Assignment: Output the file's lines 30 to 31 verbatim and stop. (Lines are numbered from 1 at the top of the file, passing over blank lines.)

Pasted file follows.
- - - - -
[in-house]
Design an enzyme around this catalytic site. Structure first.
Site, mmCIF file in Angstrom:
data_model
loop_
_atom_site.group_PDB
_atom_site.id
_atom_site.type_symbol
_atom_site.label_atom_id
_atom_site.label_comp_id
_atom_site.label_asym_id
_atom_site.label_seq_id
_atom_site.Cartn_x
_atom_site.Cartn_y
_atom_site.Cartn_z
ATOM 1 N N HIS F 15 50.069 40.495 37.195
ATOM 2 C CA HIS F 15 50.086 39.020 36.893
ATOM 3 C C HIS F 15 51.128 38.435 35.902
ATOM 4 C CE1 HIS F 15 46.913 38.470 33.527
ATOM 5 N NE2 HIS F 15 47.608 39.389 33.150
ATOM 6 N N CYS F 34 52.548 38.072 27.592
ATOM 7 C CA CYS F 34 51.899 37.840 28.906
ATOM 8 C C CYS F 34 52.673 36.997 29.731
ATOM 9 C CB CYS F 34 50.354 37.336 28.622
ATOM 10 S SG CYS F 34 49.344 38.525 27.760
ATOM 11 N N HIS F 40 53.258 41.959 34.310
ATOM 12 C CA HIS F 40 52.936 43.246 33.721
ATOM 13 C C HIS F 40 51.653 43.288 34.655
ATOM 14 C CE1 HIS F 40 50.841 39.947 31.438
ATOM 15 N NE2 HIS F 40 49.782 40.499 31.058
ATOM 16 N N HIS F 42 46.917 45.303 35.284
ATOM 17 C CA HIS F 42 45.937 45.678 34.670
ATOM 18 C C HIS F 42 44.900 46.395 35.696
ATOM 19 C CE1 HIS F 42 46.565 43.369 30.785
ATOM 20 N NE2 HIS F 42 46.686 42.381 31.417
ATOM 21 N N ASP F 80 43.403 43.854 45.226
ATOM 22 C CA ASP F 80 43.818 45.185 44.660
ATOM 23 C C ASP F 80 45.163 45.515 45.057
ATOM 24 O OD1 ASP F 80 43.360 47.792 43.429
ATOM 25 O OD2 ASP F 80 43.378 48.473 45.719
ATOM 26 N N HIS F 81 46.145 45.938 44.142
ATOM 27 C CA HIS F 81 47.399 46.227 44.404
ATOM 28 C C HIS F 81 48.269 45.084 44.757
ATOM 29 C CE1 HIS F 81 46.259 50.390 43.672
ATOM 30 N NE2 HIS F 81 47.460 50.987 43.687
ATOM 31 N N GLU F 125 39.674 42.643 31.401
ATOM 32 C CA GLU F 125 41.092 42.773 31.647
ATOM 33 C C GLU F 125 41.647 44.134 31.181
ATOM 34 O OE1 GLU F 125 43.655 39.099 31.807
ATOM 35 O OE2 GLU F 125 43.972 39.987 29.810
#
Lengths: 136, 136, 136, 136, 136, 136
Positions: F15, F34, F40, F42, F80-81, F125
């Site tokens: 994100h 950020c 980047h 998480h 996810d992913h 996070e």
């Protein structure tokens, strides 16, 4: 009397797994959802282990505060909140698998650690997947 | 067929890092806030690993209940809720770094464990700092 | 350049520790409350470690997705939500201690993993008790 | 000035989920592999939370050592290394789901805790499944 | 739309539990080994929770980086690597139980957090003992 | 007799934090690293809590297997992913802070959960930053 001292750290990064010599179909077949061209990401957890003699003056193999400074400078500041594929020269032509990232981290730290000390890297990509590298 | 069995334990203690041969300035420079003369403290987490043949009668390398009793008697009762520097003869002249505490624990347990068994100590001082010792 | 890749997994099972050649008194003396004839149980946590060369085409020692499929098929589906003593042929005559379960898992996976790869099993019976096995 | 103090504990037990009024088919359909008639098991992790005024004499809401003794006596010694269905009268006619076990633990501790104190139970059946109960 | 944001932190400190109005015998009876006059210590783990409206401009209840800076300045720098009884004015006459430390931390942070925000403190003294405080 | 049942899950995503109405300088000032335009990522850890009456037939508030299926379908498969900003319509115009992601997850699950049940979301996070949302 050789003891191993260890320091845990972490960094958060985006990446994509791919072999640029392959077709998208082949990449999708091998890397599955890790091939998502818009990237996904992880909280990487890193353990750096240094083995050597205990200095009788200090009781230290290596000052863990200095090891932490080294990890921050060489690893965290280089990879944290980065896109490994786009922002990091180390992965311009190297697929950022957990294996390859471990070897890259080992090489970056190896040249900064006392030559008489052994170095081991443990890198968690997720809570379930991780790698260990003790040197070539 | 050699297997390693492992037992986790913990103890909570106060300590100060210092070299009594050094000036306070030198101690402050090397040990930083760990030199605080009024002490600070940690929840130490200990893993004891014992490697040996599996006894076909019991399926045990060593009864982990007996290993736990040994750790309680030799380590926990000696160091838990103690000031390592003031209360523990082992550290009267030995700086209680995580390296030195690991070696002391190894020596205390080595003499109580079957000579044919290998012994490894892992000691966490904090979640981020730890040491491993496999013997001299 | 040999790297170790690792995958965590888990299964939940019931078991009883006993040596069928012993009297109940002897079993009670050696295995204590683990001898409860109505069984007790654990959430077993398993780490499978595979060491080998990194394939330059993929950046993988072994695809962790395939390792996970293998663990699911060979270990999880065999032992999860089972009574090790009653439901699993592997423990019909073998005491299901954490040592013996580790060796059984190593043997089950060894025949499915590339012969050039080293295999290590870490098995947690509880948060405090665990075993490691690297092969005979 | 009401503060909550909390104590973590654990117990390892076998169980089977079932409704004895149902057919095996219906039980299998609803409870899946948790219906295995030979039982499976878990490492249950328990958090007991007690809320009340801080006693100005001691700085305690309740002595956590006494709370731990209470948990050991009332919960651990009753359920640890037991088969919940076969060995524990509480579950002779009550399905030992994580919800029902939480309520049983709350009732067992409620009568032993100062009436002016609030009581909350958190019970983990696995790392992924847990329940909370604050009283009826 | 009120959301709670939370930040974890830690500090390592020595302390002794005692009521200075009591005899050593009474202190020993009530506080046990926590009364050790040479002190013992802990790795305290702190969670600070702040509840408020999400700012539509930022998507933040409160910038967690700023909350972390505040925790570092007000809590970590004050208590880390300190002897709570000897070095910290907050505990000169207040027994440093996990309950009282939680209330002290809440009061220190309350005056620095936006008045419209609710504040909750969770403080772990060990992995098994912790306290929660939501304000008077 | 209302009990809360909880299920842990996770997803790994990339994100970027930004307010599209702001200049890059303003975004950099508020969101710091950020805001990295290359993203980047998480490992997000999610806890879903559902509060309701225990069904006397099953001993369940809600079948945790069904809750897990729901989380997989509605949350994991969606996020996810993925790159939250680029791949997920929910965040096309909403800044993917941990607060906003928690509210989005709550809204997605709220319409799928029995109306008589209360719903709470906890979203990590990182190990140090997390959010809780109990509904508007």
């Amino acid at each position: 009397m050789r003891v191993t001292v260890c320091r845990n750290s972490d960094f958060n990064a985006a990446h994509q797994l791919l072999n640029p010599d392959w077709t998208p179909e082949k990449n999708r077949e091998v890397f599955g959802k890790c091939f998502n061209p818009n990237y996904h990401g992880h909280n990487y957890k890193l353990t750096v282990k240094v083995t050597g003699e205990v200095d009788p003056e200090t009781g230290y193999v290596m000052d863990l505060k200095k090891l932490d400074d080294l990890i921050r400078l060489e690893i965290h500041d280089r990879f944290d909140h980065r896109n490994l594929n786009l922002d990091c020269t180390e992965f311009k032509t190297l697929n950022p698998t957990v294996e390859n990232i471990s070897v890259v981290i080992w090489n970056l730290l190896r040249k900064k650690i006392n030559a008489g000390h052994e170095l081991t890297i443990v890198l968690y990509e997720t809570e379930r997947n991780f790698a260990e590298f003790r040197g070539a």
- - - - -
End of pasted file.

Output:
ATOM 15 N NE2 HIS F 40 49.782 40.499 31.058
ATOM 16 N N HIS F 42 46.917 45.303 35.284